"What Happens When Children Watch Porn", by Addiction.com

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What Happens When Children Watch PornToday’s high-intensity, no-holds-barred Internet porn has sex addiction therapists scrambling to stay current, and some are noting a curious trend. In the past, individuals suffering from porn addiction nearly always reported a history of trauma. That is, the porn-addicted client stumbled onto porn at some point and found that it soothed anxiety and other emotional problems caused by early physical or emotional abuse. But some therapists working with today’s compulsive porn users believe they are seeing a new type of porn abuser:

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This person has no prior history of abuse or trauma. Instead, they describe an addictive process sparked by early, repetitive involvement with porn.

This apparent evolution in the way that people are becoming addicted to porn has implications for teens and their parents because a surprising number of kids are viewing porn online and the age of first exposure to porn is notching downward. In fact, researchers at the London School of Economics and Political Science in the U.K. found that nearly one in five adolescents will encounter online sexual messaging or pornography at some point, and a 2013 study appearing in the journal Sexual Addiction and Compulsivity concludes that the average age of first exposure is 10 to 14 years old.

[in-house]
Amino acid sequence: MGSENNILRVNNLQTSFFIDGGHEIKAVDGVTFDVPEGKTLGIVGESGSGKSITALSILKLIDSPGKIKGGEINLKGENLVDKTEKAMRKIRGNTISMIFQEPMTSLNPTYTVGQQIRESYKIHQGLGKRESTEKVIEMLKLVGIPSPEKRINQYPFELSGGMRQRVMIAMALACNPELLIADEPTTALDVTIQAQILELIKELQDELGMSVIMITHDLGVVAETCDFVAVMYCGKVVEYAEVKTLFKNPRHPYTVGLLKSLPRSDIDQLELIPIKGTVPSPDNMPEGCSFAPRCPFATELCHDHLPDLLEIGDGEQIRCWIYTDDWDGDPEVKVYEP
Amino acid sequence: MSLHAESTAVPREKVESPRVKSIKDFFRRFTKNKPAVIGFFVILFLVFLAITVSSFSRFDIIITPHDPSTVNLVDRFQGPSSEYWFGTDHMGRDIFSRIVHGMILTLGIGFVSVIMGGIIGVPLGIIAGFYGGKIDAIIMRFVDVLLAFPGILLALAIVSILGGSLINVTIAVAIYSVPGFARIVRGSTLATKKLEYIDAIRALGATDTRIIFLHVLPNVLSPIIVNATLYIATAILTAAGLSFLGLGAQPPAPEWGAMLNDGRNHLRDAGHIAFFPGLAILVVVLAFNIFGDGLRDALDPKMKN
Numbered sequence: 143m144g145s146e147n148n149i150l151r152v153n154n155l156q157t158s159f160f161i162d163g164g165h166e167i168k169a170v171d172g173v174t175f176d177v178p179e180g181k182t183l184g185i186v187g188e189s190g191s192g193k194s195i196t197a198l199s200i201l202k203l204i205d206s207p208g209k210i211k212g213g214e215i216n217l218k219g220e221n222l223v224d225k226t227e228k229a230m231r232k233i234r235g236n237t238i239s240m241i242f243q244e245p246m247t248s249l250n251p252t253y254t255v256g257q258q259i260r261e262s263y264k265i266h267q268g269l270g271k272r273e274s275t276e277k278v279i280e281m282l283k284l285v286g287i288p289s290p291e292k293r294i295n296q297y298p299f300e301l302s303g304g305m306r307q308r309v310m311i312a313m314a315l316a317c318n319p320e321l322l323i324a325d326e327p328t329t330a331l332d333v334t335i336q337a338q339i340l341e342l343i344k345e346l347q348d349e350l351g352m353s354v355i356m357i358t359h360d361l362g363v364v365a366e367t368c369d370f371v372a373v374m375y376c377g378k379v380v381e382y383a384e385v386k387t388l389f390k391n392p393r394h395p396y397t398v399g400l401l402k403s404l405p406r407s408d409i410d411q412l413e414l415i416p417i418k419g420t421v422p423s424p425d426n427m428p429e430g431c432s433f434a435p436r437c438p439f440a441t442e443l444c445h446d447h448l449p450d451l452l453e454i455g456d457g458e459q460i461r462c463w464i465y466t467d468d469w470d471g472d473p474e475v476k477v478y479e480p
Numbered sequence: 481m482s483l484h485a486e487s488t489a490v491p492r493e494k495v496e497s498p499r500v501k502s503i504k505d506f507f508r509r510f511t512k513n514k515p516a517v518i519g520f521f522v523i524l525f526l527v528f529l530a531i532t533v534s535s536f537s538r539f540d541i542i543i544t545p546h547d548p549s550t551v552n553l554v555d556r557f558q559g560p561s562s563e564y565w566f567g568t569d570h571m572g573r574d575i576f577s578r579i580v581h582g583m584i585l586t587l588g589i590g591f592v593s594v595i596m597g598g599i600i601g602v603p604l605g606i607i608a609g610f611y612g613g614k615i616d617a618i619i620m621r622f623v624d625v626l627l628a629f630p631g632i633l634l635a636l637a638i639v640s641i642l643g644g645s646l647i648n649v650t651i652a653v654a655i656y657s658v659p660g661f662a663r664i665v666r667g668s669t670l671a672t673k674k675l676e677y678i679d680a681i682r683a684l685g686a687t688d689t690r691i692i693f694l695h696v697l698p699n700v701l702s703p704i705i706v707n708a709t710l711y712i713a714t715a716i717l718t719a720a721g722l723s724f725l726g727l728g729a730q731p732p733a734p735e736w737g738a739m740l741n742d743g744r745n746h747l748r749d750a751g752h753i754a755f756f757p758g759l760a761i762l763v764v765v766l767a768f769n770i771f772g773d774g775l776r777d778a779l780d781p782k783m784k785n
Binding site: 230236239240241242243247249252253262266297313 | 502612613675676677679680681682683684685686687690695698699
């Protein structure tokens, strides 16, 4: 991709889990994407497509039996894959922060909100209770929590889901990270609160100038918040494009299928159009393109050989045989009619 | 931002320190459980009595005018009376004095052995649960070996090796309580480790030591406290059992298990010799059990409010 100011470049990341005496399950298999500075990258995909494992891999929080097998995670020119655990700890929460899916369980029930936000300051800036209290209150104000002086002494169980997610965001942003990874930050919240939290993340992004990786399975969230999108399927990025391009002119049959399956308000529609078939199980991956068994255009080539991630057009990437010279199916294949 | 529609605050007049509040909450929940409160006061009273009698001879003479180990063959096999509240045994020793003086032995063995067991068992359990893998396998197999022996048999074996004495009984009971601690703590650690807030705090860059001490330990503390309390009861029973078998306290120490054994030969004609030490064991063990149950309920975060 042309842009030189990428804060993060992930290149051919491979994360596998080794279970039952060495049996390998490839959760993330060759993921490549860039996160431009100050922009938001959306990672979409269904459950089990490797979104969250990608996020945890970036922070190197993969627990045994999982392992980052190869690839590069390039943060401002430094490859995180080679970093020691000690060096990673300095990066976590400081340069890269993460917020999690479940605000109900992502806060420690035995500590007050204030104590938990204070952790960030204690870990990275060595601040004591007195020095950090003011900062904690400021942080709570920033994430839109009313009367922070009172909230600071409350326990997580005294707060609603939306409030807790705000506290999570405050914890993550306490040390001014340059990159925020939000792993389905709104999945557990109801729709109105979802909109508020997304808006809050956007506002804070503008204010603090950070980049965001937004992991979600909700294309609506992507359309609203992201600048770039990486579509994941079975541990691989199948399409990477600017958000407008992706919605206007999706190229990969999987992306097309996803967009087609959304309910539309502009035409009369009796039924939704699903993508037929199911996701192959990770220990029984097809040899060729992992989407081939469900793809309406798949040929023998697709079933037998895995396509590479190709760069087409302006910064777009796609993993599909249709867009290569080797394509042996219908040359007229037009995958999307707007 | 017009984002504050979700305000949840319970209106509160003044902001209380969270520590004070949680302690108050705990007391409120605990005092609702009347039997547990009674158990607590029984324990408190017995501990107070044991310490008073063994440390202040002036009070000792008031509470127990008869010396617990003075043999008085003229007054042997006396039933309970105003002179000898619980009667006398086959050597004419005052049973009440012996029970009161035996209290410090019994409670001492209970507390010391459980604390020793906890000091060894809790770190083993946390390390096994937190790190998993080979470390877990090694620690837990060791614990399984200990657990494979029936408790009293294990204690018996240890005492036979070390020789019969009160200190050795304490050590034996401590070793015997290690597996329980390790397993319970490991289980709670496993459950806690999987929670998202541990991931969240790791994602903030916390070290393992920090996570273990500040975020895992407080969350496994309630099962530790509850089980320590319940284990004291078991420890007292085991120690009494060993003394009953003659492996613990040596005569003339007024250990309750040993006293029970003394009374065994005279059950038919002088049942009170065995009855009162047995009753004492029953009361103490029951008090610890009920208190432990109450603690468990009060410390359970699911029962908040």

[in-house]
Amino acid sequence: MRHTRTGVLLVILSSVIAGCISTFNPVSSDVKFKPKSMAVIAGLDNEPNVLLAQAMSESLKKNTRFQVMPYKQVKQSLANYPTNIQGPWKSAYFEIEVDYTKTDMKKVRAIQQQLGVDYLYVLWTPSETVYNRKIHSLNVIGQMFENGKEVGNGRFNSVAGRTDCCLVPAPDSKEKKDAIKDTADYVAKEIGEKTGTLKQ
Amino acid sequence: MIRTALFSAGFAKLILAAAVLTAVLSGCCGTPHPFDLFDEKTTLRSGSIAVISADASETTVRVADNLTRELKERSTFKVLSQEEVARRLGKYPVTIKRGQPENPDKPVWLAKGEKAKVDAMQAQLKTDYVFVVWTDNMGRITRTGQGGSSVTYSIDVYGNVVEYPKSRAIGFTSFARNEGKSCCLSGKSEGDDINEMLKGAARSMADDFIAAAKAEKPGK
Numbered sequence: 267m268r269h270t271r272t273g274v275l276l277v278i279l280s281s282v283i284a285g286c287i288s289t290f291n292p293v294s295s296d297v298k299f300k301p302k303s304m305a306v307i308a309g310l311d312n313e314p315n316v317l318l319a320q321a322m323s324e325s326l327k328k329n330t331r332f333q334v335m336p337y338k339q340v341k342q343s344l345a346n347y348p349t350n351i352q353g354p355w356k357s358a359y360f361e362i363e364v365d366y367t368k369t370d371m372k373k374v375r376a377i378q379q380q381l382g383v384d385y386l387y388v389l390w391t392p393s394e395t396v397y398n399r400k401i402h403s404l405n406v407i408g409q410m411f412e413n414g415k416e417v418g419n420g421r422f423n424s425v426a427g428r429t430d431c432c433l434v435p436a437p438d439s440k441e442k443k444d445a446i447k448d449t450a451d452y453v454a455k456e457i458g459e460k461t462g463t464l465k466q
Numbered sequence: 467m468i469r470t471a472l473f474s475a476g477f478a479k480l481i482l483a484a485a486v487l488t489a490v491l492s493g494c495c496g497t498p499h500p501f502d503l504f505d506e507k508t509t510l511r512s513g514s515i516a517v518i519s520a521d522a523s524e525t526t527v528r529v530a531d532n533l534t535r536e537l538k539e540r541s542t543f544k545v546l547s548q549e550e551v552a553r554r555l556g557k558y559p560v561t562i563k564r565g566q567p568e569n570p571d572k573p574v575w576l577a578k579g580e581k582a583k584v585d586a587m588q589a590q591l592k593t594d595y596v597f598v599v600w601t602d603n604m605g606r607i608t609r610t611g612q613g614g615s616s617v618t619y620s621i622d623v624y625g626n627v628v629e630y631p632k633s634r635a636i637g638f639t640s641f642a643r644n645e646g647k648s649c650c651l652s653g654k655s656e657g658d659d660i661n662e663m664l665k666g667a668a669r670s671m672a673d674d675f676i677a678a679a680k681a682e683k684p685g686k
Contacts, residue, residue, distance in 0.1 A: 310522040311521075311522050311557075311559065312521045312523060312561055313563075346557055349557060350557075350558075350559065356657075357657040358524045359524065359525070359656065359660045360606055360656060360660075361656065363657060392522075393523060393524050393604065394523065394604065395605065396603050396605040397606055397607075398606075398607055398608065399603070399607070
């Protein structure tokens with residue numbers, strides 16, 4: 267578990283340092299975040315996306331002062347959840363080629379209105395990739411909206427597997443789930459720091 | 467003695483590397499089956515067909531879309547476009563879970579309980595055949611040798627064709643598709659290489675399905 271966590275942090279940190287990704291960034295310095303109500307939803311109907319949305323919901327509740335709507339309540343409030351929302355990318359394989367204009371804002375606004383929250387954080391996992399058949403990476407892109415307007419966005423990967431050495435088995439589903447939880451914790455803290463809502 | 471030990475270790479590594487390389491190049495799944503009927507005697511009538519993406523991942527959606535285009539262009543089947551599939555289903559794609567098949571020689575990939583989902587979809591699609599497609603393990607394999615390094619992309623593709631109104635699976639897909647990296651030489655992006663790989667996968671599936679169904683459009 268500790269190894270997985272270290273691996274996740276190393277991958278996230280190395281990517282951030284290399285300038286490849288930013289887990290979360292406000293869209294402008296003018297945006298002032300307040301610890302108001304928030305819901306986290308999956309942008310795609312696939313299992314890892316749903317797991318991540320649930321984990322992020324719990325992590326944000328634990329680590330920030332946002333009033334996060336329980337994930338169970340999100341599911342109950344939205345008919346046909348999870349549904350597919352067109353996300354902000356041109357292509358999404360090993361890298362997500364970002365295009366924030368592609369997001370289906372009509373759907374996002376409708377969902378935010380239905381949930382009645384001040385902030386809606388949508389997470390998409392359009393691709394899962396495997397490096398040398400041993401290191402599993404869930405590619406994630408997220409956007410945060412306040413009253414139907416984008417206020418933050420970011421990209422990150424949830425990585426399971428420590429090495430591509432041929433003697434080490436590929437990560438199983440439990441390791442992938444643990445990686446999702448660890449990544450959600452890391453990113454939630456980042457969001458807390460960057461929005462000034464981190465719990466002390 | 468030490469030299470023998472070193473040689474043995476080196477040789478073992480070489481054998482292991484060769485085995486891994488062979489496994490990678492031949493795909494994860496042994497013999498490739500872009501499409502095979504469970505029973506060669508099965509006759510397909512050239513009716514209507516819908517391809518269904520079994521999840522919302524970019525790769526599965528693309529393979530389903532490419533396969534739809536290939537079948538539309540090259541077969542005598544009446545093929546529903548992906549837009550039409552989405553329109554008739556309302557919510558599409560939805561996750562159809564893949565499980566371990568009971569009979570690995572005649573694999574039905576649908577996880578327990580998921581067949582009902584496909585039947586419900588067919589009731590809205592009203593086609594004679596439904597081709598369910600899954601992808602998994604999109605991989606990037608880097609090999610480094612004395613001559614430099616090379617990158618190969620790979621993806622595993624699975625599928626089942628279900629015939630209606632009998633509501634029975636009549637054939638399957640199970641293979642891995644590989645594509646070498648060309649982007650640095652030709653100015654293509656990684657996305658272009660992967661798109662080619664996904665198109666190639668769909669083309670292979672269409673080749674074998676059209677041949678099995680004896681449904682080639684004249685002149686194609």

Early, Compulsive Porn Use

To be sure, the kids who are looking at porn are getting an eyeful. “In the old days, if a kid stumbled across porn, it would be a picture of a naked woman and that would be it,” says Stefanie Carnes, PhD, president of the International Institute for Trauma and Addiction Professionals and clinical consultant for sexual addiction programs in Arizona and California. “Today, kids are seeing S&M and fisting and golden showers and trying to understand what that means about sexuality; their sex education by and large is happening online.” Exposure to hard-core porn is more problematic in kids, she says, because kids don’t have fully developed frontal lobes and lack what is known as executive function, which involves impulse control and basic judgment. “They honestly don’t fully understand that what they’re seeing isn’t typical and often doesn’t translate to real life,” she says.